state of the onion

So, this evening was the 2012 edition of the State of the Union address.

There is always quite a lot that can be discussed at length in the President’s State of the Union address. I’m not getting into it at length here. There was a particular moment that was stunning, and an extraordinary indicator of things.

It has become normal fare to have a series of points throughout the President’s speech where you have the political theater moments of people standing up in little short standing ovations, especially if it’s easy applause kind of material that fits some thing or another that gets easy approval from some portion of the gathered public servants.

But there was a moment that really said something.

President Obama got to this part:

And I will not go back to the days when Wall Street was allowed to play by its own set of rules.  The new rules we passed restore what should be any financial system’s core purpose:  Getting funding to entrepreneurs with the best ideas, and getting loans to responsible families who want to buy a home, start a business, or send a kid to college.

So if you’re a big bank or financial institution, you are no longer allowed to make risky bets with your customers’ deposits.  You’re required to write out a “living will” that details exactly how you’ll pay the bills if you fail – because the rest of us aren’t bailing you out ever again.  And if you’re a mortgage lender or a payday lender or a credit card company, the days of signing people up for products they can’t afford with confusing forms and deceptive practices are over.  Today, American consumers finally have a watchdog in Richard Cordray with one job: To look out for them.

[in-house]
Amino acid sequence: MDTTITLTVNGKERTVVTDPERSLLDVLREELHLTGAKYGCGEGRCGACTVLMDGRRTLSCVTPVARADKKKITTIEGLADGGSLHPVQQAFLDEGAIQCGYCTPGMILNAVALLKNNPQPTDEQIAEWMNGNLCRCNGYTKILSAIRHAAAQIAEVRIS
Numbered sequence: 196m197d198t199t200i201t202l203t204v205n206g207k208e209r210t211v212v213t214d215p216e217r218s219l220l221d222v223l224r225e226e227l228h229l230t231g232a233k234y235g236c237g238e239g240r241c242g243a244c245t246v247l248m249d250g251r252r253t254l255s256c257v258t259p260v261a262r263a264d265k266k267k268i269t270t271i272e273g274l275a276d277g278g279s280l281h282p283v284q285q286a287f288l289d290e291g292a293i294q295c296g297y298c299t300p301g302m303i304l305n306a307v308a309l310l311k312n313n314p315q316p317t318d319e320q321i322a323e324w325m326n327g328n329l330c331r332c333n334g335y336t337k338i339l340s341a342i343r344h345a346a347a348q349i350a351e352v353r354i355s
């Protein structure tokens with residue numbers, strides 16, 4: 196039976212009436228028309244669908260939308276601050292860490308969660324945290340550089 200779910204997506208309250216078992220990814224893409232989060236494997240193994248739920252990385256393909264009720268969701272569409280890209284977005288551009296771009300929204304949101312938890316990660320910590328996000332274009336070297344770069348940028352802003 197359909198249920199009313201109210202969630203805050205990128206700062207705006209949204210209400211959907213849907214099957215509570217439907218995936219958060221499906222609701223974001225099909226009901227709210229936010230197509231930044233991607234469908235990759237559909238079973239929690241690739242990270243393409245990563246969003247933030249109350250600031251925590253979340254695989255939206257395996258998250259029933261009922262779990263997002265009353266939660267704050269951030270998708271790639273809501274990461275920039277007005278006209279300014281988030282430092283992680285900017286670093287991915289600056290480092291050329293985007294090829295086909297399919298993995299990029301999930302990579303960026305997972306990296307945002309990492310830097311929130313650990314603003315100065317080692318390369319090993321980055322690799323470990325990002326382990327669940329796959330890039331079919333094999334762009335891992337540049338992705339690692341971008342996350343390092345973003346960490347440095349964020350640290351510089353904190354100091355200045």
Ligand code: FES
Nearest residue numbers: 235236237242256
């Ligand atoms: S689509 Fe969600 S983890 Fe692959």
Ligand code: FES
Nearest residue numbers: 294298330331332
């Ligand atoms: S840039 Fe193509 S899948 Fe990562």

We will also establish a Financial Crimes Unit of highly trained investigators to crack down on large-scale fraud and protect people’s investments.  Some financial firms violate major anti-fraud laws because there’s no real penalty for being a repeat offender.  That’s bad for consumers, and it’s bad for the vast majority of bankers and financial service professionals who do the right thing.  So pass legislation that makes the penalties for fraud count. 

But where we get the really interesting bit is not just the following bit, but what the reaction was in the chamber where the combined membership of the U.S. House of Representatives and Senate sat-

And tonight, I am asking my Attorney General to create a special unit of federal prosecutors and leading state attorneys general to expand our investigations into the abusive lending and packaging of risky mortgages that led to the housing crisis. This new unit will hold accountable those who broke the law, speed assistance to homeowners, and help turn the page on an era of recklessness that hurt so many Americans. 

I thought, well about fucking time.

As applause moments go, this should have triggered an explosive standing ovation that roared on endlessly.

The reaction of the elected representatives of the people?

Nothing.

Stone faced, frozen, rictus mask silence.

What does this tell you?

 

 

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